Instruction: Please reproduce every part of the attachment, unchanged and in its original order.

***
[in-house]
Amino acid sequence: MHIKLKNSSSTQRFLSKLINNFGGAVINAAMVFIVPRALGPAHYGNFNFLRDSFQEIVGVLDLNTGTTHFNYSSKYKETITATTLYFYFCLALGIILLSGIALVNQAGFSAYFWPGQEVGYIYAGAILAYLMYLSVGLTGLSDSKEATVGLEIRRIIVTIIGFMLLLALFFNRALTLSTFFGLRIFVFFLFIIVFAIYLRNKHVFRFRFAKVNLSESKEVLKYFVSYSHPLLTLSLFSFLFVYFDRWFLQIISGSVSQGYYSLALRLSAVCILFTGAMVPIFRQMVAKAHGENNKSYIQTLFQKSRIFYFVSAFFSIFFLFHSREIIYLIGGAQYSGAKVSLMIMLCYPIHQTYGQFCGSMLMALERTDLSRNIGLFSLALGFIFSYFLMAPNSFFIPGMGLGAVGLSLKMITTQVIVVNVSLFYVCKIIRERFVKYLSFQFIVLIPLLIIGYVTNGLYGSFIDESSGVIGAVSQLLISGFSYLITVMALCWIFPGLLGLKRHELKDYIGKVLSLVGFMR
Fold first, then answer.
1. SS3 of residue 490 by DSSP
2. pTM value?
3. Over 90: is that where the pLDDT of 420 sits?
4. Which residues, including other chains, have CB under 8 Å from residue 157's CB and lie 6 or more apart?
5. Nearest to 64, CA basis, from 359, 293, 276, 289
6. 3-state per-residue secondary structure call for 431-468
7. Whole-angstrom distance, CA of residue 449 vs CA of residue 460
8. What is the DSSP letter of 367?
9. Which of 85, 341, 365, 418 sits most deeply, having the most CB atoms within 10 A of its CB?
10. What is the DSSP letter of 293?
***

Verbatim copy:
[in-house]
Amino acid sequence: MHIKLKNSSSTQRFLSKLINNFGGAVINAAMVFIVPRALGPAHYGNFNFLRDSFQEIVGVLDLNTGTTHFNYSSKYKETITATTLYFYFCLALGIILLSGIALVNQAGFSAYFWPGQEVGYIYAGAILAYLMYLSVGLTGLSDSKEATVGLEIRRIIVTIIGFMLLLALFFNRALTLSTFFGLRIFVFFLFIIVFAIYLRNKHVFRFRFAKVNLSESKEVLKYFVSYSHPLLTLSLFSFLFVYFDRWFLQIISGSVSQGYYSLALRLSAVCILFTGAMVPIFRQMVAKAHGENNKSYIQTLFQKSRIFYFVSAFFSIFFLFHSREIIYLIGGAQYSGAKVSLMIMLCYPIHQTYGQFCGSMLMALERTDLSRNIGLFSLALGFIFSYFLMAPNSFFIPGMGLGAVGLSLKMITTQVIVVNVSLFYVCKIIRERFVKYLSFQFIVLIPLLIIGYVTNGLYGSFIDESSGVIGAVSQLLISGFSYLITVMALCWIFPGLLGLKRHELKDYIGKVLSLVGFMR
Fold first, then answer.
1. SS3 of residue 490 by DSSP
2. pTM value?
3. Over 90: is that where the pLDDT of 420 sits?
4. Which residues, including other chains, have CB under 8 Å from residue 157's CB and lie 6 or more apart?
5. Nearest to 64, CA basis, from 359, 293, 276, 289
6. 3-state per-residue secondary structure call for 431-468
7. Whole-angstrom distance, CA of residue 449 vs CA of residue 460
8. What is the DSSP letter of 367?
9. Which of 85, 341, 365, 418 sits most deeply, having the most CB atoms within 10 A of its CB?
10. What is the DSSP letter of 293?